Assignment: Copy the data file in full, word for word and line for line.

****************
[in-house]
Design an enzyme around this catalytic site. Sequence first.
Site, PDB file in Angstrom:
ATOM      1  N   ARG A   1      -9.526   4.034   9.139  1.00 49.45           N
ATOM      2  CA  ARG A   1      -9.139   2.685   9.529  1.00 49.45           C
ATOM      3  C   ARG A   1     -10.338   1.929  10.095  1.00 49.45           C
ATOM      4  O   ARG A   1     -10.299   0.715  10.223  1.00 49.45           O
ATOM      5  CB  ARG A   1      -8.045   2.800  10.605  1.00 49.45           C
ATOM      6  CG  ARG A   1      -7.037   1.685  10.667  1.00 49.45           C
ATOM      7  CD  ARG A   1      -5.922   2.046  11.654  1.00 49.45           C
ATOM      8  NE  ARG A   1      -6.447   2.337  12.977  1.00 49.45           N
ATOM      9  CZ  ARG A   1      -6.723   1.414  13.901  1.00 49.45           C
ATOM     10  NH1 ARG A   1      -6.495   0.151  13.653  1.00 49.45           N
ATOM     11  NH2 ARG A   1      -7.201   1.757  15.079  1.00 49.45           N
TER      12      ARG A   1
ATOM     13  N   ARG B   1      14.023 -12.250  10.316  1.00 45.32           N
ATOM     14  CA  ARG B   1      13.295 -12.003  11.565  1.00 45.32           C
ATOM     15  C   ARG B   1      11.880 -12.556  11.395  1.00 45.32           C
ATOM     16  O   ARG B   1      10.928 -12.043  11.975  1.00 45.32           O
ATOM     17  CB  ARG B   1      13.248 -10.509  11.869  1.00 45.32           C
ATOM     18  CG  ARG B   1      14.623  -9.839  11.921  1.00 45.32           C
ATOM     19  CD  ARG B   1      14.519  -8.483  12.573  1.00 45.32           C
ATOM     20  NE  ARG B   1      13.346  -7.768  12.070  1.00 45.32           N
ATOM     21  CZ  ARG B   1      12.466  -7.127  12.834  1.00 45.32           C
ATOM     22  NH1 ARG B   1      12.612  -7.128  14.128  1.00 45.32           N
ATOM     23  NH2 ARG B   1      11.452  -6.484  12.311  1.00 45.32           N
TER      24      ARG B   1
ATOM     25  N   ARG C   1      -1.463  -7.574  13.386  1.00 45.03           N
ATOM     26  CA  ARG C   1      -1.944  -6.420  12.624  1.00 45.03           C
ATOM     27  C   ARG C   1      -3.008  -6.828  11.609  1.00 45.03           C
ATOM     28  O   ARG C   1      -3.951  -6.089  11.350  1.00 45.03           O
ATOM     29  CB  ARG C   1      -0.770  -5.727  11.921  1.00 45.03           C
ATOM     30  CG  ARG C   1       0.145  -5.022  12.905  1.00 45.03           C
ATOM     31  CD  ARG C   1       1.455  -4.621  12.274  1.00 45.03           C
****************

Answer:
[in-house]
Design an enzyme around this catalytic site. Sequence first.
Site, PDB file in Angstrom:
ATOM      1  N   ARG A   1      -9.526   4.034   9.139  1.00 49.45           N
ATOM      2  CA  ARG A   1      -9.139   2.685   9.529  1.00 49.45           C
ATOM      3  C   ARG A   1     -10.338   1.929  10.095  1.00 49.45           C
ATOM      4  O   ARG A   1     -10.299   0.715  10.223  1.00 49.45           O
ATOM      5  CB  ARG A   1      -8.045   2.800  10.605  1.00 49.45           C
ATOM      6  CG  ARG A   1      -7.037   1.685  10.667  1.00 49.45           C
ATOM      7  CD  ARG A   1      -5.922   2.046  11.654  1.00 49.45           C
ATOM      8  NE  ARG A   1      -6.447   2.337  12.977  1.00 49.45           N
ATOM      9  CZ  ARG A   1      -6.723   1.414  13.901  1.00 49.45           C
ATOM     10  NH1 ARG A   1      -6.495   0.151  13.653  1.00 49.45           N
ATOM     11  NH2 ARG A   1      -7.201   1.757  15.079  1.00 49.45           N
TER      12      ARG A   1
ATOM     13  N   ARG B   1      14.023 -12.250  10.316  1.00 45.32           N
ATOM     14  CA  ARG B   1      13.295 -12.003  11.565  1.00 45.32           C
ATOM     15  C   ARG B   1      11.880 -12.556  11.395  1.00 45.32           C
ATOM     16  O   ARG B   1      10.928 -12.043  11.975  1.00 45.32           O
ATOM     17  CB  ARG B   1      13.248 -10.509  11.869  1.00 45.32           C
ATOM     18  CG  ARG B   1      14.623  -9.839  11.921  1.00 45.32           C
ATOM     19  CD  ARG B   1      14.519  -8.483  12.573  1.00 45.32           C
ATOM     20  NE  ARG B   1      13.346  -7.768  12.070  1.00 45.32           N
ATOM     21  CZ  ARG B   1      12.466  -7.127  12.834  1.00 45.32           C
ATOM     22  NH1 ARG B   1      12.612  -7.128  14.128  1.00 45.32           N
ATOM     23  NH2 ARG B   1      11.452  -6.484  12.311  1.00 45.32           N
TER      24      ARG B   1
ATOM     25  N   ARG C   1      -1.463  -7.574  13.386  1.00 45.03           N
ATOM     26  CA  ARG C   1      -1.944  -6.420  12.624  1.00 45.03           C
ATOM     27  C   ARG C   1      -3.008  -6.828  11.609  1.00 45.03           C
ATOM     28  O   ARG C   1      -3.951  -6.089  11.350  1.00 45.03           O
ATOM     29  CB  ARG C   1      -0.770  -5.727  11.921  1.00 45.03           C
ATOM     30  CG  ARG C   1       0.145  -5.022  12.905  1.00 45.03           C
ATOM     31  CD  ARG C   1       1.455  -4.621  12.274  1.00 45.03           C